And I am betting the planned and deliberate deceit from the NZ Herald machine is now far worse for this woman than a little pull of her ponytail.
The Herald’s last poll of the year is real margin of error stuff.
Labour is up a bit, so is National, NZ First and Greens down a bit…otherwise it is a bit meh.
It didn’t stop Audrey Young spinning this as a massive lift in labour’s fortunes despite them still being under 30%.
Labour’s popularity has jumped three percentage points in the first political poll since Andrew Little took over the leadership and the first major poll since the September 20 election.
But National’s support has also risen, while support for the Greens and New Zealand First has declined.
Labour is on 28.9 per cent, a rise of three points from 25.9 per cent in the Herald-DigiPoll survey conducted in the last week of the election campaign.
Its party vote in the election of 25.13 per cent was close to the poll result, so it can safely be said the party has had a lift.
Mr Little was elected on November 18 after the resignation of David Cunliffe.
National’s support rose 2.2 points, from 48.2 to 50.4 per cent in the poll, conducted in the second and third weeks of December.
The politicians seem to have woken up to the problems facing New Zealand in the face of Islamic terrorism.
As the Police wrap up the scene in Martin Place Sydney after a nutter Muslim cleric from Iran who was on bail as accessory to murder held hostages at gunpoint they are now coming forward show their support behind recent legislation.
The MP who chaired the anti-terrorist legislation rushed through Parliament last week, Mike Mitchell, says the bill was “100 per cent” justified.
And he said he had had messages yesterday thanking him for the bill in light of the Sydney hostage crisis.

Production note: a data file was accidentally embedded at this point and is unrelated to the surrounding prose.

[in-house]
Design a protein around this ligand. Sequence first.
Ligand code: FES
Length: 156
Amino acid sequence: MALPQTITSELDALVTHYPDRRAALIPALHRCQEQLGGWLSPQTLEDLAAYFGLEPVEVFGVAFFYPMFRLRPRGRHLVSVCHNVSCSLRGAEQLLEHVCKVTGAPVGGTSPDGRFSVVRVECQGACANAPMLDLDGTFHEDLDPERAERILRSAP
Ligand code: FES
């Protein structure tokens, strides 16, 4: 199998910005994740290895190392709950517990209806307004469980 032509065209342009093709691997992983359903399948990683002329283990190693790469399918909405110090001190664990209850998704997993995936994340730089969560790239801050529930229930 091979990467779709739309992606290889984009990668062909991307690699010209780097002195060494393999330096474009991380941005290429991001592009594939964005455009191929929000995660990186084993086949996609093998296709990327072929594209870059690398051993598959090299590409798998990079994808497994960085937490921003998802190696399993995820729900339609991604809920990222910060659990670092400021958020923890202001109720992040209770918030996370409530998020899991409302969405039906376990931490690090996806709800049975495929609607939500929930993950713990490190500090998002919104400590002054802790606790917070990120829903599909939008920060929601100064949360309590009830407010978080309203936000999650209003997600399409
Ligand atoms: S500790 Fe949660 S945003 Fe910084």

“It becomes a lot more real for people when it’s three hours across the ditch.”
Labour leader Andrew Little, who also supported the new powers, said the sorts of risks the law dealt with “are real”.
Mr Mitchell, a former security specialist who ran a company in the Middle East for 10 years, said New Zealand was not immune.
“We don’t have some sort of magic inoculation that means we couldn’t be exposed to some sort of extremist actions here.”
It looks like dear old Audrey Young has been drinking the Kool-Aid too.
She writes about whether or not Matt McCarten is going to be able to save Labour.
The answer is easy, it is no, for two reasons…one is he won’t be in place for long and second is he isn’t what his legend makes him out to be.
Undeterred by the obvious Audrey Young attempts to ignore it all.
An extraordinary thing happened in the Labour Party last week.
It went largely uncommented upon because extraordinary things happening in Labour are not unusual at the moment.
The party has been utterly entranced by new leader Andrew Little, who almost did not get back into Parliament at all after the election. It’s the stuff of fantasy, Little rightly muses.
But so, too, was his appointment of Matt McCarten as his permanent chief of staff.
It is the same Matt McCarten who spent a lot of his Machiavellian years if not trying to destroy Labour then at least trying to supplant it on the left with the breakaway Alliance. He was also the key adviser to a leader who took the party to its worst result in 92 years. Read more »
From yesterday’s Back Chat.
How the NZ Herald reported the Labour Caucus support for the four leadership contenders.